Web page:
Foreign Affairs Minister John Baird announced that the Canadian government will open an embassy in Myanmar. This comes months after the Southeast Asian country held historic elections, which led to Canada lifting economic sanctions.
Since 2011, a series of real political and economic reforms have been taking place in Myanmar, also known as Burma. Much of these changes have been approved by the Union Solidarity and Development Party (USDP), a group supported by the nation’s military that was established only two years ago and is headed by Thein Sein and Aung Thaung.
The changes include the release of Chairperson and General Secretary of the National League for Democracy Aung San Suu Kyi from a 15-year house arrest, amnesty for more than 200 political prisoners, a lax in currency regulations, press freedom, the start of a National Human Rights Commission and the introduction of labour laws.
Because of these developments, Association of Southeast Asian Nations (ASEAN) approved Myanmar’s bid for the chairmanship in 2014. Even United States Secretary of State Hillary Clinton made a visit to the country, which is the first time in more than 50 years.
This month, Canadian Foreign Affairs Minister John Baird visits the region to meet with government officials and businesses, including the nations of China, Thailand, the Philippines and Myanmar
During the Association of Southeast Asian Nations (ASEAN) Regional Forum and Post Ministerial Conference, Baird met ASEAN officials and Burmese Foreign Minister Wunna Maung Lwin. At the conference, Baird announced that Canada will be opening an embassy in Myanmar, according to a news release.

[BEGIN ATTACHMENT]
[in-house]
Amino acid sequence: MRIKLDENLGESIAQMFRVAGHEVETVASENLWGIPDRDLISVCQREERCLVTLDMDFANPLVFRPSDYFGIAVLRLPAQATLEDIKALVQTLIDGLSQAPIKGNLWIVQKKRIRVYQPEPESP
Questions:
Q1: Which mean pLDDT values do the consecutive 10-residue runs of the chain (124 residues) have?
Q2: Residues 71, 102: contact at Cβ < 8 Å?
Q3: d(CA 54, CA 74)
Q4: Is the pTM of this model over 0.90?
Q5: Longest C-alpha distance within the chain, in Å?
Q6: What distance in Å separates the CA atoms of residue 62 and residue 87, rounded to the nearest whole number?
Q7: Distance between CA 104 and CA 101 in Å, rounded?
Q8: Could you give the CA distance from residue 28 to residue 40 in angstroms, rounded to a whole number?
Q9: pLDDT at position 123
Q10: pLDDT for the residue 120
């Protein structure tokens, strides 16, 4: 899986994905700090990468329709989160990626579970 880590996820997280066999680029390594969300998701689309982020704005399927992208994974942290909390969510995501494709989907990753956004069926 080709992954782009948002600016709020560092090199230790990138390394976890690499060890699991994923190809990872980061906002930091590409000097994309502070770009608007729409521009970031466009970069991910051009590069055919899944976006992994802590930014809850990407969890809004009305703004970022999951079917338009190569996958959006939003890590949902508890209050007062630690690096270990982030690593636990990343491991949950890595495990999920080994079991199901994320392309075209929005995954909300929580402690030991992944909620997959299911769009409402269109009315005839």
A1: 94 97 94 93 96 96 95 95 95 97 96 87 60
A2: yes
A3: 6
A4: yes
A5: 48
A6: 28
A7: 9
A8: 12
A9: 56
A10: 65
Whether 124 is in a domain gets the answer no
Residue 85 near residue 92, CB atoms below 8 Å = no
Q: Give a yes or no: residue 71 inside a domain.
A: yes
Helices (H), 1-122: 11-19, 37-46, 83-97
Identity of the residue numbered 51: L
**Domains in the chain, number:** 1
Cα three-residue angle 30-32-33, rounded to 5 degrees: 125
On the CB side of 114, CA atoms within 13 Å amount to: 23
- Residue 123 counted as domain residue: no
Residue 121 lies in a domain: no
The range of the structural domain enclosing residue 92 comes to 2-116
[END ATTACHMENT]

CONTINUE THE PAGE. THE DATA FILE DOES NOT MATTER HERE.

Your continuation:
“Canada continues to be encouraged by the changes taking place in Burma. As Canada recently moved to broaden our relationship, I am pleased to announce that Canada is planning to open an embassy in Burma,” said Baird. “To that end, we look forward to working closely with the Burmese government in the coming weeks and months. It is our hope that this announcement will build on other positive developments in our relations with Burma.”
Although in April the federal government announced the suspension of prohibition of investment and trade, Baird, as well as officials from around the world, is still urging for further progress in the Southeast Asian country. In March, Baird made a visit to Burma, who is the first official visit by a Canadian official, where he presented Suu Kyi with a honourary Canadian citizenship.
“Canada stands ready to assist the Burmese government in any capacity to build on the democratic fundamentals, and the freedom and rights of their people,” added Baird.
Burma maintains an embassy in Ottawa. This is the fourth visit to Asia by Baird in the last year.